Where are these still serviceable vehicles to end up? A sizeable proportion will undoubtedly be traded against more modern, ULEZ-compliant vehicles. Some of the more recent vehicles will perhaps migrate elsewhere, but many older ones will be scrapped. What is clear is that an era of relatively affordable motoring is drawing to a close with the risk that owners at the lower end of the social scale may be forced to contemplate a life without a vehicle at all. And while it’s difficult to defend the motorcar’s more noxious impacts upon our lives and environment, doesn’t this seem a shocking waste?

(c) Driven to Write

But closer to home, and notwithstanding the spectre of ULEZ, the Saab’s viability was already coming under a good deal of scrutiny. A decision on its ultimate fate will have to be taken soon, but as of now, disposing of it feels like having to put down a faithful, companionable and still reasonably healthy pet dog. So while my Tröllhatten experience has up to now been a relatively painless affair, it does appear as though the endgame is likely to be a good deal less so.

Author: Eóin Doyle

Co-Founder. Editor. Content Provider.

9 thoughts on “Dramatic Licence”

  1. Good morning, Eóin. Given the aggressive manner in which the authorities herded drivers into the diesel blind alley in the quest for lower and less harmful urban emissions, there’s every reason for you to hold onto your 900 until you absolutely have to change. That’s what I plan to do with our two petrol engined cars. I always prefer to be a late adoptor rather than a “crash test dummy”for new technologies. I feel no guilt about our decision because we never use a car for a journey where we can walk or take public transport and our combined annual mileage is less than 5k. It would take us many years to amortise the emissions generated in the production of a new car against the marginal reductions in emissions we might achieve by driving one.

  2. Oh, I should have added that your 900 looks amazingly good for a car nearly a quarter century old. Silver metallic really is the best colour for a “keeper”.

  3. I face a similar dilemma with a same age XJ6. The basic car is as strong as an ox, has never broken down and has years of potential use left…but totting up the cost of replacing the throttle body, re-bushing all corners, replacing an ABS sensor, stopping the tin worm in the arches and sundry more minor ailments leads me to a case of reluctant Jagicide. Look away now!

  4. I was listening to the radio the other morning and there was a guy on who runs a van-rental business. 30 months ago he’d bought a new fleet of vehicles for his business, all diesel, costing over £500k. Now, every one of them will be hit by the new ULEZ in London, rendering his business either unprofitable or uncompetitive, depending on whether he decides to pass on the costs to his customers or not. This can’t be right – I can’t believe that a car or van only bought as little as two years ago can be deemed as being unclean and so falls foul of the regulation. More time should have been given for people to make adjustments to their choice of vehicles. Everyone knows that buying a car is probably the second most expensive item purchase during your life, authorities have to take the financial punishment into mind when they go about introducing these measures.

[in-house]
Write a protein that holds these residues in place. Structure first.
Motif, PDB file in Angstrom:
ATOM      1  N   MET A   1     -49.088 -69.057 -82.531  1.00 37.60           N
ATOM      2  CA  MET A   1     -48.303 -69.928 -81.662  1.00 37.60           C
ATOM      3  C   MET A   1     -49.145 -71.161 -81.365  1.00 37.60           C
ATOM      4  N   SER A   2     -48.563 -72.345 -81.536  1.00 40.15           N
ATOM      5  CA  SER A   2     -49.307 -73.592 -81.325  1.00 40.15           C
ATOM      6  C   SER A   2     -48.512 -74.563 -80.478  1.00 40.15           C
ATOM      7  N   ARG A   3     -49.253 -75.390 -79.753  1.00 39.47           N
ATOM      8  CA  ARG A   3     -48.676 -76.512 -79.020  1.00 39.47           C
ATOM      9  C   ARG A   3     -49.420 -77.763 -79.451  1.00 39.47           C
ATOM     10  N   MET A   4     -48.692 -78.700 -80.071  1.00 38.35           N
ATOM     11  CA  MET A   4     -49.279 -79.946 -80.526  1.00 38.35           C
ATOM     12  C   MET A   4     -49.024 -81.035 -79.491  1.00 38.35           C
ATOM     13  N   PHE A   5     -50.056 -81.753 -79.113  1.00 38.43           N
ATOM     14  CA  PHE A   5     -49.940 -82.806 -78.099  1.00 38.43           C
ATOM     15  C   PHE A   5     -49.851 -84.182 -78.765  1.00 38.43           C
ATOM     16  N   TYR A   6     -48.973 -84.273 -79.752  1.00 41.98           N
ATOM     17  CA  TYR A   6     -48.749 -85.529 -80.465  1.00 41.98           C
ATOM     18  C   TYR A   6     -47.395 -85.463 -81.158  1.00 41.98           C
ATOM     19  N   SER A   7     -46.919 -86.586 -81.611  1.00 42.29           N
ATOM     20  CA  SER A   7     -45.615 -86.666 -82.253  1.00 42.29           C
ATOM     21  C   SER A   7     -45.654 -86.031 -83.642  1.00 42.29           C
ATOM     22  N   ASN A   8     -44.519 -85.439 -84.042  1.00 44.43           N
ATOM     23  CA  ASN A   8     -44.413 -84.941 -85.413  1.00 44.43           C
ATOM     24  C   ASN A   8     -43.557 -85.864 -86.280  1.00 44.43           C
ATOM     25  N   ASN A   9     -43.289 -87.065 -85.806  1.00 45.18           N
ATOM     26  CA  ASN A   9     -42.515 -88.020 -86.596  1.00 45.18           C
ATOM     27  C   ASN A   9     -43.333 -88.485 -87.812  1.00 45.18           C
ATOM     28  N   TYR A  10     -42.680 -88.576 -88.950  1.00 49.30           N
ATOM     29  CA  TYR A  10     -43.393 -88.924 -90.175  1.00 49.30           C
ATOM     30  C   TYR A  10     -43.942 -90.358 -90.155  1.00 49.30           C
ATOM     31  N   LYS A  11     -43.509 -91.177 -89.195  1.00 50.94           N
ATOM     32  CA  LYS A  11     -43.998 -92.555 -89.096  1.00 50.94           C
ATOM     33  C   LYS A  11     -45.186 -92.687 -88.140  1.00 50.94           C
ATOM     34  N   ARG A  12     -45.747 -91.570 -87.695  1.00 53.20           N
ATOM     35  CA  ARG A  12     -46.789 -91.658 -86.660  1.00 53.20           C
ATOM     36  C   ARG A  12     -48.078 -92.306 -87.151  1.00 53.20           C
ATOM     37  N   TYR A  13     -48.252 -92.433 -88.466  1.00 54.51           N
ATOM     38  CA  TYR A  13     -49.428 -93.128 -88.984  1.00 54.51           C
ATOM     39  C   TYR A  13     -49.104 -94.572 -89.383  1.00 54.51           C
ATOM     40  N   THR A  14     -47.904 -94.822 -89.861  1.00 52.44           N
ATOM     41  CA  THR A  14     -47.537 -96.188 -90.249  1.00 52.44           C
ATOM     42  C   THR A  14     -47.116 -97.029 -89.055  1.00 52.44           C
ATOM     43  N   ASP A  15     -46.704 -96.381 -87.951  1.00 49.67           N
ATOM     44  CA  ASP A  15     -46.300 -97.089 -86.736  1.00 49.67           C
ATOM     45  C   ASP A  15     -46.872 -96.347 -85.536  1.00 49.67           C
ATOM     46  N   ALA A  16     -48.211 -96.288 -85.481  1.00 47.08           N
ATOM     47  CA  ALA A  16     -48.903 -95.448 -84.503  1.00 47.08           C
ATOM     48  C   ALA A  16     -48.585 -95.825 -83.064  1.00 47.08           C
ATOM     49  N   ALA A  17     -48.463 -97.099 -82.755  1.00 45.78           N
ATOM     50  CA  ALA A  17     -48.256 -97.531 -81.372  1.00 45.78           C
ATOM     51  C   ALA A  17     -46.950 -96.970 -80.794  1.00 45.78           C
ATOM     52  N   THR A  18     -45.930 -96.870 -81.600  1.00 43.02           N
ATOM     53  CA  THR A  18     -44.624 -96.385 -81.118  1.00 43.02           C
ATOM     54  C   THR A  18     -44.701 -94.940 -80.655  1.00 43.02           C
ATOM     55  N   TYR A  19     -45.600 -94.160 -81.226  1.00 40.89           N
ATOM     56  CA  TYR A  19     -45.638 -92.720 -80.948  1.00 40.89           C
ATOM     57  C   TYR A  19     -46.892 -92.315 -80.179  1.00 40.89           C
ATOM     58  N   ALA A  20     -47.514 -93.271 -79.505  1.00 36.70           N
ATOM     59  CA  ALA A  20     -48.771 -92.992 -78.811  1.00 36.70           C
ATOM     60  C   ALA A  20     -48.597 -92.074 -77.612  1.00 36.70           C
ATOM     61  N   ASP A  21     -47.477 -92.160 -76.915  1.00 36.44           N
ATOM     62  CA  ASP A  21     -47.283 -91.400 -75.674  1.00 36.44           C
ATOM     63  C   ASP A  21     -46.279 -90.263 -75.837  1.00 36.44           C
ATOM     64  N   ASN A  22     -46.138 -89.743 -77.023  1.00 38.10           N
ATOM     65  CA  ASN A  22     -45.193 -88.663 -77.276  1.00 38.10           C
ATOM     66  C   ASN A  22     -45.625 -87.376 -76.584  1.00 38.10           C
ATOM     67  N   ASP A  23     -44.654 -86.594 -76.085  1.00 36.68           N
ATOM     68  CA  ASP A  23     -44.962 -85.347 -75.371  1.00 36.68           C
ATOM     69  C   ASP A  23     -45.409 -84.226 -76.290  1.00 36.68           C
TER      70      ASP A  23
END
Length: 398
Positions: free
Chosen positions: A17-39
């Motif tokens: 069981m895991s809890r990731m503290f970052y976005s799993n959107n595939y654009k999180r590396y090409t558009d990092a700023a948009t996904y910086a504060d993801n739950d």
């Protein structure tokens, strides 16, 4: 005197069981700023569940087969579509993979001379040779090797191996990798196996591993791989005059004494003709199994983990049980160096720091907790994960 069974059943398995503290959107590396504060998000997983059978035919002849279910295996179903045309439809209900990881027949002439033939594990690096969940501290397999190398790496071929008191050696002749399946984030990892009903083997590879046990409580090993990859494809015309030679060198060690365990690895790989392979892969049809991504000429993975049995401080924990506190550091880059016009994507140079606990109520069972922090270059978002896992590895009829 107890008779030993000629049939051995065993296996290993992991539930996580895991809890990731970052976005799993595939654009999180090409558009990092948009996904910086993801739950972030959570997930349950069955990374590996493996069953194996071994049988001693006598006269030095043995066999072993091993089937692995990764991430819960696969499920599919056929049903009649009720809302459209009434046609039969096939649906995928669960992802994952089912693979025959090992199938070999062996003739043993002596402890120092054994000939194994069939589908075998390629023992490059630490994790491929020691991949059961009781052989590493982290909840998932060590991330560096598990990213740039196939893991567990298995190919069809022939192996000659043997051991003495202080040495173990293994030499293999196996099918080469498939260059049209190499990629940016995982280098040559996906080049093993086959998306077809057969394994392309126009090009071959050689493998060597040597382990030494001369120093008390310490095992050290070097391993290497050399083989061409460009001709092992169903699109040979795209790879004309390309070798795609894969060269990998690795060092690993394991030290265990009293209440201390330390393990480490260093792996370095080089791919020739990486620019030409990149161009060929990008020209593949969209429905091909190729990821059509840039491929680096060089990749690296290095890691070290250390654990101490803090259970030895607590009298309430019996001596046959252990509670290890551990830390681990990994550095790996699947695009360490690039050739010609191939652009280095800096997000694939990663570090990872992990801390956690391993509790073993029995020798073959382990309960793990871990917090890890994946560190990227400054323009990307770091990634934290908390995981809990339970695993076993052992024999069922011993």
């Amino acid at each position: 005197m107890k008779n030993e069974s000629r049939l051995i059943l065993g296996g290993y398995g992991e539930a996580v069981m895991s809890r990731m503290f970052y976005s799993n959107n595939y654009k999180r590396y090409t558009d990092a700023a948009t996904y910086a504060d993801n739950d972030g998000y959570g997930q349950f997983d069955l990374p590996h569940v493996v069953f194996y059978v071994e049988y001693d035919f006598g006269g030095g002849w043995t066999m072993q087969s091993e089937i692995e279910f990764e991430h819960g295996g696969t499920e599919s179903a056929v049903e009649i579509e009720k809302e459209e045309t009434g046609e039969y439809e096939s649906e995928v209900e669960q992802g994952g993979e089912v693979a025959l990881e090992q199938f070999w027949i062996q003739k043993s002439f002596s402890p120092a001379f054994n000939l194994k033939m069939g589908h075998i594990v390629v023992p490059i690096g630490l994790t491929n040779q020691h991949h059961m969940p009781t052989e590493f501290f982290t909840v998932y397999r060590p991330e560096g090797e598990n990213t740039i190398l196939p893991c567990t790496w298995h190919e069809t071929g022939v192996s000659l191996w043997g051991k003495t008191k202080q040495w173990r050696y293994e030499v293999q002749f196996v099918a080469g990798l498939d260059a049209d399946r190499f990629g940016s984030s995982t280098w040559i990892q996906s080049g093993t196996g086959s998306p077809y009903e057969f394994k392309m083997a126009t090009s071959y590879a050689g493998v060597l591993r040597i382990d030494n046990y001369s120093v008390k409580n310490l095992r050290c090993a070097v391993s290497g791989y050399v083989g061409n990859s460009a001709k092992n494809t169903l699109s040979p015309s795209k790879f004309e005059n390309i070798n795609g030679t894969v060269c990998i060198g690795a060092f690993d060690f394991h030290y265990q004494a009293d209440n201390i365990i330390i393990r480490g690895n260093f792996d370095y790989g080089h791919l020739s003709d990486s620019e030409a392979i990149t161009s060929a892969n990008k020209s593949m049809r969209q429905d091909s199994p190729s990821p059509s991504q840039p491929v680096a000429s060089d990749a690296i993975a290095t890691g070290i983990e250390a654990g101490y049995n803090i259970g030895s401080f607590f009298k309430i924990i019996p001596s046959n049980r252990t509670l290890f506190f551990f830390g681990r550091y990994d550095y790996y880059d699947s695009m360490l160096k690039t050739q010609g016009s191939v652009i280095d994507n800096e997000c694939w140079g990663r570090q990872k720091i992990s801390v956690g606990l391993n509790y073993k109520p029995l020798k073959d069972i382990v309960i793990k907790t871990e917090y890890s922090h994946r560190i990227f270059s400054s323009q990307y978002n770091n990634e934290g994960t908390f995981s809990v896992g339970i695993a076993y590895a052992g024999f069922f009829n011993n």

5. Given the alleged £43 million of taxpayer’s money squandered by previous incumbent, Alexander Boris de Pfeffel Johnson MP on the failed ‘garden bridge’ project, I have some sympathy with the current London mayor, who is getting a good deal of stick over the ULEZ. One of the issues as I see it is the lack of a holistic approach to the problem of encouraging people out of their cars onto an already overstretched public transport network.

    Some form of park and ride initiative might have helped ease the transition for the private motorist at least, but with land prices at a premium, who would sanction such a thing, and what size would it have to be? A recent trip to the fine city of Coventry illustrated how well these schemes can work, especially as I had no wish to navigate Coventry’s labyrinthine traffic system, or attempt to park in the city centre. There is a similar system in my home town of Cork and Dublin operates a number of them which link up with the LUAS tram network, which of course is a few steps closer to an ideal.